What about the sex in Twilight
Buffy the Vampire Slayer
, more recently, refined the trope to "the couple had sex, the relationship
This seems really off-point. Anyone mind if I yank it?
: Go ahead. This wiki long ago turned into "Tropes Used By Buffy The Vampire Slayer and Other Shows."
: Or "Tropes Used By Avatar
and other shows."
Nemi: What about the preying mantis teacher episode?
: We have Twin Tropes
. Should we have an index for Sex Tropes
? Well, maybe with a different title.
: Wouldn't hurt. Sex Tropes
works as a name (An index is better served by a literal title).
: Here's hoping the Media Watchdogs
: I was wondering, since it has at least one TV subversion and another film subversion is there a reason the text still notes it hasn't been subverted?
: A good point; I'm yanking it.
What, not "Death By Snu Snu"? —Document N
movie007: I just added that one. I'm sure it would count.
Tolkien & Middle-earth
: How is the policy on wrong trope-examples? The Middle-earth reference is plain wrong, further promoting a widespread error. Tolkien's Elves do not
die or become mortal when in love with or marrying a mortal; and Elves and humans do not go to the same place after death. Arwen's case is special because she is half-elven
and can choose
to be one or the other. Lúthien's case is an explicitly once-only
case of divine intervention after she already died an elven death. As such, Lúthien is the only elf
to have ever truly
died, and left the world as mortal human souls do. All other (non-half-elven) elves cannot ever become mortal.
The only thing related to the topic (but not fitting the trope definition) is "Death by Rape": Word of God
states it would be so traumatic for Elves that they would not survive.
Further comment to entry: Elves cannot die a mortal death, by conscious choice or otherwise. Lúthen was an explicitly once-only case, and Arwen was a half-elf which comes with the ability to choose (like other people of her family). Therefore Mithrellas, nor any other elves in mixed couples, could not have become mortal or died mortally (ehm...you know). I would really like to cut the entry down or remove it completely, as it is not relevant to the trope in question. Arwen and her great-great-grandmother did not die because of having sex, and even less because of a moral judgement about said relations. And yes, elves consider the consummation as legallly and spiritually binding the couple together, but that has never killed anyone. All the elves from mixed couples were just fine and still immortal after their marriage, including Lúthien, who only became (physically and cosmically) mortal after her resurrection. Making Elros' and Arwen's conscious choice (and Eärendil's almost-choice) to become mortal the result of having sex with a mortal is incorrect.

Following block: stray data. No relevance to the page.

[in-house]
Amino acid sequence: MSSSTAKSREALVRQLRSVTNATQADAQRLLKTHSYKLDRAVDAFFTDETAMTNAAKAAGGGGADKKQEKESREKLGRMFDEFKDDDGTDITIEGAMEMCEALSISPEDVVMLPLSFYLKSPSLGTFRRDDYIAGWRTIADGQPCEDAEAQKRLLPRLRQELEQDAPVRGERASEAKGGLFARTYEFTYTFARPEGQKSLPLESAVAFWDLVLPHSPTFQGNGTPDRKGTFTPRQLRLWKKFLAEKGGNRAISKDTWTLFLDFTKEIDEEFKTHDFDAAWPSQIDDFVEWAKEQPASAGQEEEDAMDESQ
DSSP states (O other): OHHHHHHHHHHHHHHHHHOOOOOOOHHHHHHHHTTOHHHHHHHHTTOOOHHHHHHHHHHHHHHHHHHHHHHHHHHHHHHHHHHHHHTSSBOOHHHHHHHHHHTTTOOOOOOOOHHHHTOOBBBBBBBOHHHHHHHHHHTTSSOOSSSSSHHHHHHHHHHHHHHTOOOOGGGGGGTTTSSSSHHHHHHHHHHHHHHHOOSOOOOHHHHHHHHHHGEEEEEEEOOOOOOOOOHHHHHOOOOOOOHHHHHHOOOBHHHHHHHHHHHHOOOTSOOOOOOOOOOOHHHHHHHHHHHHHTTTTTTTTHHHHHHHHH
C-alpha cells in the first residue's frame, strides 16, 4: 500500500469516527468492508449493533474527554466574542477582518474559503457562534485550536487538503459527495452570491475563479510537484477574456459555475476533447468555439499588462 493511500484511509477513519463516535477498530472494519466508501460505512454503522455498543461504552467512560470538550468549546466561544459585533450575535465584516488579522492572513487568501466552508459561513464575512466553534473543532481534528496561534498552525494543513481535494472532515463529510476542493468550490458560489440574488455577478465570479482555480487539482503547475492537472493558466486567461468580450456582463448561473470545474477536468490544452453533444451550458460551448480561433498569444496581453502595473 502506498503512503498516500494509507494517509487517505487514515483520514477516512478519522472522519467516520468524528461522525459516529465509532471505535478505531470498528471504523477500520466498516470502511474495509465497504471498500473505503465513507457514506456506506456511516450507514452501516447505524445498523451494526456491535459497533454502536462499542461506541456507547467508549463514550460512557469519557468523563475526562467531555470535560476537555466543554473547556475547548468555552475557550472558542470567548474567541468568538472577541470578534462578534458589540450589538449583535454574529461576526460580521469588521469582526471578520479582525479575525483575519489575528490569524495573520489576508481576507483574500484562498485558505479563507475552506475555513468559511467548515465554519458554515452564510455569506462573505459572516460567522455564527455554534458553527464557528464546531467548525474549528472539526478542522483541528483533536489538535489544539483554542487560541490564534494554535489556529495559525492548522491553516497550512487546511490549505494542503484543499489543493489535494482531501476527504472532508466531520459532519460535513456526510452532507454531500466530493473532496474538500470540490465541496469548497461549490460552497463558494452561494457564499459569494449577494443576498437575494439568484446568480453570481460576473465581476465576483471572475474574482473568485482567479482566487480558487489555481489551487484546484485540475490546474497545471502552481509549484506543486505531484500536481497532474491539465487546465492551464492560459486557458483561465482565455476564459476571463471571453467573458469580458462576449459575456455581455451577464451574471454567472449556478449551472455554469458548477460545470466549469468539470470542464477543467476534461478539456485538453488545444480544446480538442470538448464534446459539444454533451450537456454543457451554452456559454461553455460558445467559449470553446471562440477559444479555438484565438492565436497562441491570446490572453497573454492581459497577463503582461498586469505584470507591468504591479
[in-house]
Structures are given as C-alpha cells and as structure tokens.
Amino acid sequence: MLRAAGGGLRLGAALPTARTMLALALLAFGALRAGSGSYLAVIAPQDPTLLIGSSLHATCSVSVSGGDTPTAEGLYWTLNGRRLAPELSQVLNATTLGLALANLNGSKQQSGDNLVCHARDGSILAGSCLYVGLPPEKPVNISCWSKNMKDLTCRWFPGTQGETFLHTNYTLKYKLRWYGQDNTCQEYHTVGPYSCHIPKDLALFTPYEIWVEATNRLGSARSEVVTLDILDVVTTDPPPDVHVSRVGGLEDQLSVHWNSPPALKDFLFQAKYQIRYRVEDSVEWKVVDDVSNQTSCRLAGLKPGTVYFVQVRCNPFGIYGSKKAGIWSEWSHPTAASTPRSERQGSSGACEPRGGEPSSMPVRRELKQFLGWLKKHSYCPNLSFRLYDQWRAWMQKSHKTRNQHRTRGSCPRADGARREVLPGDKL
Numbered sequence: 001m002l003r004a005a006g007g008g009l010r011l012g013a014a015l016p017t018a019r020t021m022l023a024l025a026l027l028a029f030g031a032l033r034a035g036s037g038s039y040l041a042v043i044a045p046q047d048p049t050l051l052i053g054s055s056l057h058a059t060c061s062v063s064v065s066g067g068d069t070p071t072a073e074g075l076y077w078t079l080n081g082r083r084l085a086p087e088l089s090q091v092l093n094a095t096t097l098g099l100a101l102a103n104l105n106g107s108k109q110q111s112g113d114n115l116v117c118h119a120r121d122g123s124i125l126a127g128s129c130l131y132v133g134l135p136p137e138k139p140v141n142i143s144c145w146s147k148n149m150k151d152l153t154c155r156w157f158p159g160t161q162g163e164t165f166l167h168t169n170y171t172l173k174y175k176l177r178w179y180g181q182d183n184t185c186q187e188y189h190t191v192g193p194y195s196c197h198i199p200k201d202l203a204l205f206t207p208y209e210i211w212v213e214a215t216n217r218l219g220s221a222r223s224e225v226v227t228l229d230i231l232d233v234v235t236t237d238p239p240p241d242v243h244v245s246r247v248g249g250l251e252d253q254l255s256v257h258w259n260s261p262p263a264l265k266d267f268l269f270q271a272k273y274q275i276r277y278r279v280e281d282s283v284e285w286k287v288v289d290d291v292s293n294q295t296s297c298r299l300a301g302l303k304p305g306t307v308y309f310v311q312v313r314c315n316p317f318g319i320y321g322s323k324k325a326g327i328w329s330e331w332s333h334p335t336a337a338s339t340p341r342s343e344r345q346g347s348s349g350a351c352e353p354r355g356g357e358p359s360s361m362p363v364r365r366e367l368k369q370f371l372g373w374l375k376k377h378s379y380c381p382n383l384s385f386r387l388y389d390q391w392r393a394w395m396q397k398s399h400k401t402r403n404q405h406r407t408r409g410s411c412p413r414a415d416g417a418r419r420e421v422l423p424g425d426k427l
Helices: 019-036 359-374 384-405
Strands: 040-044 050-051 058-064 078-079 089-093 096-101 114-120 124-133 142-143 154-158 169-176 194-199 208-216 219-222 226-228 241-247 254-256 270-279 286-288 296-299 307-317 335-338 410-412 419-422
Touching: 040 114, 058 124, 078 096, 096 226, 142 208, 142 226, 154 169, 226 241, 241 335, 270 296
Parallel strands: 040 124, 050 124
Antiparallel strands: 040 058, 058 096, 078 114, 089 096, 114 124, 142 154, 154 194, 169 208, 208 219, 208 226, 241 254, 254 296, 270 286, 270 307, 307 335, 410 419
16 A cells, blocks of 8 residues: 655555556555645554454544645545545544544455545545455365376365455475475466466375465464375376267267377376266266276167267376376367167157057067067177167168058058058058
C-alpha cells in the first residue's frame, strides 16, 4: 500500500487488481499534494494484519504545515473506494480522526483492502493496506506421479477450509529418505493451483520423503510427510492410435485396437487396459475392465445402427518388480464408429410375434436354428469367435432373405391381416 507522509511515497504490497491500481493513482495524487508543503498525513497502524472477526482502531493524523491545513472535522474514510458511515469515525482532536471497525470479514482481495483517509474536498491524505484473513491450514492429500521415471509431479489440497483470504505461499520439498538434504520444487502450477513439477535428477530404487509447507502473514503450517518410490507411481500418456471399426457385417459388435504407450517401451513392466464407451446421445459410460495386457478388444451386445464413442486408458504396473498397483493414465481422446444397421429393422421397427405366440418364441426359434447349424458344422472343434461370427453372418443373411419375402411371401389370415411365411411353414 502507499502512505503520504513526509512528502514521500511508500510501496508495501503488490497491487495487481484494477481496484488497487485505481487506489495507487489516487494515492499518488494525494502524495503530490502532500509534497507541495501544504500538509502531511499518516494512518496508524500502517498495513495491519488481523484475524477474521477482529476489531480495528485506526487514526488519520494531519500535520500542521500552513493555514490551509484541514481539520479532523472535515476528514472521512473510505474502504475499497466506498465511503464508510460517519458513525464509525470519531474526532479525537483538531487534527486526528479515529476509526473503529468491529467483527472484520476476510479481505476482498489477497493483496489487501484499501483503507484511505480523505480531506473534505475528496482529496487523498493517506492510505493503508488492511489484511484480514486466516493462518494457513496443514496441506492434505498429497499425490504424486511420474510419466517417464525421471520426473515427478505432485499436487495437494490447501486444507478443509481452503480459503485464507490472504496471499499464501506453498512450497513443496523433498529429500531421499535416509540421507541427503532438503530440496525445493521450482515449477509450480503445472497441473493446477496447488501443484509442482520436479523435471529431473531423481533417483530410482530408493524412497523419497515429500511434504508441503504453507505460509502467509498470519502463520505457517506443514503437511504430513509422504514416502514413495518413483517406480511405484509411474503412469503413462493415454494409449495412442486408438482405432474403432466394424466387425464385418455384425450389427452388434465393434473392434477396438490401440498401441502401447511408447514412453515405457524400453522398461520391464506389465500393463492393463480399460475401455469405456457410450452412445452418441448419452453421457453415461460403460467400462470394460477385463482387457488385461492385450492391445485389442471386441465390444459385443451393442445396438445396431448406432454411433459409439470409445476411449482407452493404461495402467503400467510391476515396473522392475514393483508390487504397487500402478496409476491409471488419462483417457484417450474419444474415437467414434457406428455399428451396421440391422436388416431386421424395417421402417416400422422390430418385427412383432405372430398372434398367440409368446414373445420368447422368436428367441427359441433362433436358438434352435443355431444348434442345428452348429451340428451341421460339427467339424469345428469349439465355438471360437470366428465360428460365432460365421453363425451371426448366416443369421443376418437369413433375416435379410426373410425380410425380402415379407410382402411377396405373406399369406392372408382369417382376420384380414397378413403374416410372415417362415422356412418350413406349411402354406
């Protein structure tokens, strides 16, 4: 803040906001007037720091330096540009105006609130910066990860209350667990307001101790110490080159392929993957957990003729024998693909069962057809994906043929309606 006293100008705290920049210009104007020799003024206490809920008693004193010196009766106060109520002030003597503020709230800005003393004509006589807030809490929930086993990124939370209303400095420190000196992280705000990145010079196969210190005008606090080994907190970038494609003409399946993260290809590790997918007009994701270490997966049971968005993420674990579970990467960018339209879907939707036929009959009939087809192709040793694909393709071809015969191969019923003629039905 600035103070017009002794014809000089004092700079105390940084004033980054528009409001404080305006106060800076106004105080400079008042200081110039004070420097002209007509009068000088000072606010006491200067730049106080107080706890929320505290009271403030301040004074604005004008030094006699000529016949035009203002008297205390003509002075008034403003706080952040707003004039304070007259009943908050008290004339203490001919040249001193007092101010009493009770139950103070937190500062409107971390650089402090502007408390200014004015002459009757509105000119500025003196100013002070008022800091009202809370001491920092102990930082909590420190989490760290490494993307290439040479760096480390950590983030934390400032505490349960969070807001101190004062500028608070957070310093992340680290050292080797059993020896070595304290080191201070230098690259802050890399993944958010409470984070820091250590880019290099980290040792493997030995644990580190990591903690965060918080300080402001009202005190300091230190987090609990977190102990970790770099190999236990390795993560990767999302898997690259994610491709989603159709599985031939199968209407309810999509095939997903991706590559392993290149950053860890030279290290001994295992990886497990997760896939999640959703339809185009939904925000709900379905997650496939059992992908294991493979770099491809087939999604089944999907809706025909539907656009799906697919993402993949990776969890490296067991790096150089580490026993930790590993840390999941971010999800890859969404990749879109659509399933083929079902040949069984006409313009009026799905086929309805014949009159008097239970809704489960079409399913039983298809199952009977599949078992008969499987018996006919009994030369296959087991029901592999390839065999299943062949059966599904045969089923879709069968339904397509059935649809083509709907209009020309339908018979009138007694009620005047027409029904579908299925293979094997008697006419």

As no rule could be found if wrong examples had to remain on the page. Copied from the article:
- The Lord of the Rings-verse has a few laws regarding this sort of thing. Note what happens to Beren & Luthien and Aragorn & Arwen.
- Not sure those really count, as the women in both cases were elves who only died because they became mortal to be with their loves. The (implied) sex did not directly (or even indirectly) cause their deaths.
- Actually, the sex does count, as it has been explicitly mentioned in the Word of God (Laws and Customs Regarding the Eldar, Morgoth's Ring Vol. X, History of Middle Earth) that "bodily union achieves marriage". Tolkien believed that a marriage signifies a life partnership and the intertwining of souls. Therefore, when Luthien and Arwen slept with their husbands, their souls were bound indefinently to their lovers and their fate.
- OBJECTION! Yes, physical consummation of a marriage makes it legal for the Elves. But Tolkien's Elves do not die or become mortal because they loved or had sex with a human, and neither Lúthien or Arwen did because of that. If that were the case, several others would have to have become mortal too (Aegnor, Finduilas, Idril Celebrindal, Mithrellas). FACTS: Lúthien dies and is offered by the 'gods' the choice to either return to a life as an elf, or to return to life with her dead husband, and to both die a mortal death. Yes, elf-death and human-death is different here and souls end up in separate places. Arwen is a half-elf and as such, to not cause the 'gods' a headache trying to fit her into the cosmic categories, gets to choose herself whether she will live, and more importantly die, as an elf or a human. Both Lúthien and Arwen choose to live with their mortal lovers, and for their souls to be able to follow them after death. So rather the first was "Second Try at Life with a Mortal Death by Divine Intervention", and the second "Mortal Death by Inherited Cosmic Right to Choose". (cf. Discussion)